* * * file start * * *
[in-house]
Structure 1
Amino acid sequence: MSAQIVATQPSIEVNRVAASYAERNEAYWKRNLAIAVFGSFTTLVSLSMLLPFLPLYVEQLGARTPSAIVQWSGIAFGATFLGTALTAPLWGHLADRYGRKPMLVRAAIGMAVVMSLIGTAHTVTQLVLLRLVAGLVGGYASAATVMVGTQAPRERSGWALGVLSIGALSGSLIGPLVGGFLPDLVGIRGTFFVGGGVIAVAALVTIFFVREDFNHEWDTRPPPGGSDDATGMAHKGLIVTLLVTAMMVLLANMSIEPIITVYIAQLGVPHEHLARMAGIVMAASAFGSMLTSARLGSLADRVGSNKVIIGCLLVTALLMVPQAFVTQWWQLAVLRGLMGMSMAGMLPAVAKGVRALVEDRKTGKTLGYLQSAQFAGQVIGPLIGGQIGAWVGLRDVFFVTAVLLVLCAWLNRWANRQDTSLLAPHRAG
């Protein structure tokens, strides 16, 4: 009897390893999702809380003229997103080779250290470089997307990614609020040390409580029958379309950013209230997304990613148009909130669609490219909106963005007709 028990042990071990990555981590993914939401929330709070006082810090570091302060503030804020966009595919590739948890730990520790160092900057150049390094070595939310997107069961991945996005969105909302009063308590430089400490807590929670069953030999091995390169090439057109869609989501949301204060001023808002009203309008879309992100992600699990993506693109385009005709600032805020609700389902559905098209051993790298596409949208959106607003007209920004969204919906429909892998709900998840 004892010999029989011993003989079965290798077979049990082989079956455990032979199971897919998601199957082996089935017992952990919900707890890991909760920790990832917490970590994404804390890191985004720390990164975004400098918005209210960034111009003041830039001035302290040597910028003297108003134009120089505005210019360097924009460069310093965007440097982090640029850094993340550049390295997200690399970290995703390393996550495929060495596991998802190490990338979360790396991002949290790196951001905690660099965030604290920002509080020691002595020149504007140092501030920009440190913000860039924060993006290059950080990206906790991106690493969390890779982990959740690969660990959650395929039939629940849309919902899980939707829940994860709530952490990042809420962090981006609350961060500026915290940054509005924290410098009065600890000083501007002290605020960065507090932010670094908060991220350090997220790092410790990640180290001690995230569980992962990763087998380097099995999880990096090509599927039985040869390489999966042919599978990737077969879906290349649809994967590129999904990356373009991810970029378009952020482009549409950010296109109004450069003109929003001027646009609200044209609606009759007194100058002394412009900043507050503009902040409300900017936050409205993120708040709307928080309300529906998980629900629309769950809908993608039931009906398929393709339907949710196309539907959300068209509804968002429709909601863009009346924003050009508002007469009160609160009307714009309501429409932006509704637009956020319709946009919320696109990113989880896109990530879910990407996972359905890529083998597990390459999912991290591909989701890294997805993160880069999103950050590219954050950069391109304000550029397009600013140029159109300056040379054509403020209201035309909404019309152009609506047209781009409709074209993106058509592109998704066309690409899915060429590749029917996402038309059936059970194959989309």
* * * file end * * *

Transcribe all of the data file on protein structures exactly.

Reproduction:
[in-house]
Structure 1
Amino acid sequence: MSAQIVATQPSIEVNRVAASYAERNEAYWKRNLAIAVFGSFTTLVSLSMLLPFLPLYVEQLGARTPSAIVQWSGIAFGATFLGTALTAPLWGHLADRYGRKPMLVRAAIGMAVVMSLIGTAHTVTQLVLLRLVAGLVGGYASAATVMVGTQAPRERSGWALGVLSIGALSGSLIGPLVGGFLPDLVGIRGTFFVGGGVIAVAALVTIFFVREDFNHEWDTRPPPGGSDDATGMAHKGLIVTLLVTAMMVLLANMSIEPIITVYIAQLGVPHEHLARMAGIVMAASAFGSMLTSARLGSLADRVGSNKVIIGCLLVTALLMVPQAFVTQWWQLAVLRGLMGMSMAGMLPAVAKGVRALVEDRKTGKTLGYLQSAQFAGQVIGPLIGGQIGAWVGLRDVFFVTAVLLVLCAWLNRWANRQDTSLLAPHRAG
């Protein structure tokens, strides 16, 4: 009897390893999702809380003229997103080779250290470089997307990614609020040390409580029958379309950013209230997304990613148009909130669609490219909106963005007709 028990042990071990990555981590993914939401929330709070006082810090570091302060503030804020966009595919590739948890730990520790160092900057150049390094070595939310997107069961991945996005969105909302009063308590430089400490807590929670069953030999091995390169090439057109869609989501949301204060001023808002009203309008879309992100992600699990993506693109385009005709600032805020609700389902559905098209051993790298596409949208959106607003007209920004969204919906429909892998709900998840 004892010999029989011993003989079965290798077979049990082989079956455990032979199971897919998601199957082996089935017992952990919900707890890991909760920790990832917490970590994404804390890191985004720390990164975004400098918005209210960034111009003041830039001035302290040597910028003297108003134009120089505005210019360097924009460069310093965007440097982090640029850094993340550049390295997200690399970290995703390393996550495929060495596991998802190490990338979360790396991002949290790196951001905690660099965030604290920002509080020691002595020149504007140092501030920009440190913000860039924060993006290059950080990206906790991106690493969390890779982990959740690969660990959650395929039939629940849309919902899980939707829940994860709530952490990042809420962090981006609350961060500026915290940054509005924290410098009065600890000083501007002290605020960065507090932010670094908060991220350090997220790092410790990640180290001690995230569980992962990763087998380097099995999880990096090509599927039985040869390489999966042919599978990737077969879906290349649809994967590129999904990356373009991810970029378009952020482009549409950010296109109004450069003109929003001027646009609200044209609606009759007194100058002394412009900043507050503009902040409300900017936050409205993120708040709307928080309300529906998980629900629309769950809908993608039931009906398929393709339907949710196309539907959300068209509804968002429709909601863009009346924003050009508002007469009160609160009307714009309501429409932006509704637009956020319709946009919320696109990113989880896109990530879910990407996972359905890529083998597990390459999912991290591909989701890294997805993160880069999103950050590219954050950069391109304000550029397009600013140029159109300056040379054509403020209201035309909404019309152009609506047209781009409709074209993106058509592109998704066309690409899915060429590749029917996402038309059936059970194959989309």